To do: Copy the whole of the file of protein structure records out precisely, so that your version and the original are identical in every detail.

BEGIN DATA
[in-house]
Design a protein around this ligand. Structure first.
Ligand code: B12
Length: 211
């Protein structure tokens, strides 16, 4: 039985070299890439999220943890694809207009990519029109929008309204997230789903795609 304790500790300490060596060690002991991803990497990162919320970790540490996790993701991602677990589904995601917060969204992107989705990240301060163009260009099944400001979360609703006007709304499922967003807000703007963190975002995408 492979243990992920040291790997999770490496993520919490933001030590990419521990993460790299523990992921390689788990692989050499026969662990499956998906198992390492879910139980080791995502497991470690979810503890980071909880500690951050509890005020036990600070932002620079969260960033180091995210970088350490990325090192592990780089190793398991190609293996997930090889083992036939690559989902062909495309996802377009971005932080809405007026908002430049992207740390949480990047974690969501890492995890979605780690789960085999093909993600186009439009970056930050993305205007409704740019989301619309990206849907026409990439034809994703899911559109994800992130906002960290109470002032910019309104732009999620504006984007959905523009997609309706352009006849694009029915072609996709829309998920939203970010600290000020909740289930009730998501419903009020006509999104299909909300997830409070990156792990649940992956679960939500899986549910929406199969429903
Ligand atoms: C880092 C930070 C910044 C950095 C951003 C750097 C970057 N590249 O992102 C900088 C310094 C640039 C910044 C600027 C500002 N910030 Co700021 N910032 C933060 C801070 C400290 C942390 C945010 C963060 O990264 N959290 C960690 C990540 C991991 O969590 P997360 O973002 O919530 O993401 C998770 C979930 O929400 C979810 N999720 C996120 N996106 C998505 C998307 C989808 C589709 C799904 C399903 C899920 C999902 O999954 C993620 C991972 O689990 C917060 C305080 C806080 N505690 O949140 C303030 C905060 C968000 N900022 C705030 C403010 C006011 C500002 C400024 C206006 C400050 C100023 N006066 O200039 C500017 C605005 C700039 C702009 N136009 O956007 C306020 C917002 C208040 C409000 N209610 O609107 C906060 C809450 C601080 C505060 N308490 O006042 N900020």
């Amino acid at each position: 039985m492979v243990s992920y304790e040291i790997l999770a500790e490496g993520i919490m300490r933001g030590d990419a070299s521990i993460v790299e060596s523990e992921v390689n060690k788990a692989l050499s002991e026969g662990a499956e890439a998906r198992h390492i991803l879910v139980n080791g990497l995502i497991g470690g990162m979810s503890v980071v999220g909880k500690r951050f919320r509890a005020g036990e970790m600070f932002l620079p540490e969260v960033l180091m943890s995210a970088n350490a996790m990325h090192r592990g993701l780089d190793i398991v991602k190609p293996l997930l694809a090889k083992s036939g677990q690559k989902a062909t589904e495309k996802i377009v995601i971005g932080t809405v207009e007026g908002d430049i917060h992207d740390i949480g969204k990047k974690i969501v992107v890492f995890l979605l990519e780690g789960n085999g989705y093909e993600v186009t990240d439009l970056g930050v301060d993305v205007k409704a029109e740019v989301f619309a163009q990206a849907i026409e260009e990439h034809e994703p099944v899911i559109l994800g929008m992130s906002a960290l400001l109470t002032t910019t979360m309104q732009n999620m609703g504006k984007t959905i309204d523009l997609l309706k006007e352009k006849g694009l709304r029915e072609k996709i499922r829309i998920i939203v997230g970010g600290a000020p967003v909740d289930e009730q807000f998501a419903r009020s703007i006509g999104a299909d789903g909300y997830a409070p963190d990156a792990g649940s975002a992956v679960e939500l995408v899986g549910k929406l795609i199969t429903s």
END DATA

[in-house]
Design a protein around this ligand. Structure first.
Ligand code: B12
Length: 211
């Protein structure tokens, strides 16, 4: 039985070299890439999220943890694809207009990519029109929008309204997230789903795609 304790500790300490060596060690002991991803990497990162919320970790540490996790993701991602677990589904995601917060969204992107989705990240301060163009260009099944400001979360609703006007709304499922967003807000703007963190975002995408 492979243990992920040291790997999770490496993520919490933001030590990419521990993460790299523990992921390689788990692989050499026969662990499956998906198992390492879910139980080791995502497991470690979810503890980071909880500690951050509890005020036990600070932002620079969260960033180091995210970088350490990325090192592990780089190793398991190609293996997930090889083992036939690559989902062909495309996802377009971005932080809405007026908002430049992207740390949480990047974690969501890492995890979605780690789960085999093909993600186009439009970056930050993305205007409704740019989301619309990206849907026409990439034809994703899911559109994800992130906002960290109470002032910019309104732009999620504006984007959905523009997609309706352009006849694009029915072609996709829309998920939203970010600290000020909740289930009730998501419903009020006509999104299909909300997830409070990156792990649940992956679960939500899986549910929406199969429903
Ligand atoms: C880092 C930070 C910044 C950095 C951003 C750097 C970057 N590249 O992102 C900088 C310094 C640039 C910044 C600027 C500002 N910030 Co700021 N910032 C933060 C801070 C400290 C942390 C945010 C963060 O990264 N959290 C960690 C990540 C991991 O969590 P997360 O973002 O919530 O993401 C998770 C979930 O929400 C979810 N999720 C996120 N996106 C998505 C998307 C989808 C589709 C799904 C399903 C899920 C999902 O999954 C993620 C991972 O689990 C917060 C305080 C806080 N505690 O949140 C303030 C905060 C968000 N900022 C705030 C403010 C006011 C500002 C400024 C206006 C400050 C100023 N006066 O200039 C500017 C605005 C700039 C702009 N136009 O956007 C306020 C917002 C208040 C409000 N209610 O609107 C906060 C809450 C601080 C505060 N308490 O006042 N900020």
């Amino acid at each position: 039985m492979v243990s992920y304790e040291i790997l999770a500790e490496g993520i919490m300490r933001g030590d990419a070299s521990i993460v790299e060596s523990e992921v390689n060690k788990a692989l050499s002991e026969g662990a499956e890439a998906r198992h390492i991803l879910v139980n080791g990497l995502i497991g470690g990162m979810s503890v980071v999220g909880k500690r951050f919320r509890a005020g036990e970790m600070f932002l620079p540490e969260v960033l180091m943890s995210a970088n350490a996790m990325h090192r592990g993701l780089d190793i398991v991602k190609p293996l997930l694809a090889k083992s036939g677990q690559k989902a062909t589904e495309k996802i377009v995601i971005g932080t809405v207009e007026g908002d430049i917060h992207d740390i949480g969204k990047k974690i969501v992107v890492f995890l979605l990519e780690g789960n085999g989705y093909e993600v186009t990240d439009l970056g930050v301060d993305v205007k409704a029109e740019v989301f619309a163009q990206a849907i026409e260009e990439h034809e994703p099944v899911i559109l994800g929008m992130s906002a960290l400001l109470t002032t910019t979360m309104q732009n999620m609703g504006k984007t959905i309204d523009l997609l309706k006007e352009k006849g694009l709304r029915e072609k996709i499922r829309i998920i939203v997230g970010g600290a000020p967003v909740d289930e009730q807000f998501a419903r009020s703007i006509g999104a299909d789903g909300y997830a409070p963190d990156a792990g649940s975002a992956v679960e939500l995408v899986g549910k929406l795609i199969t429903s």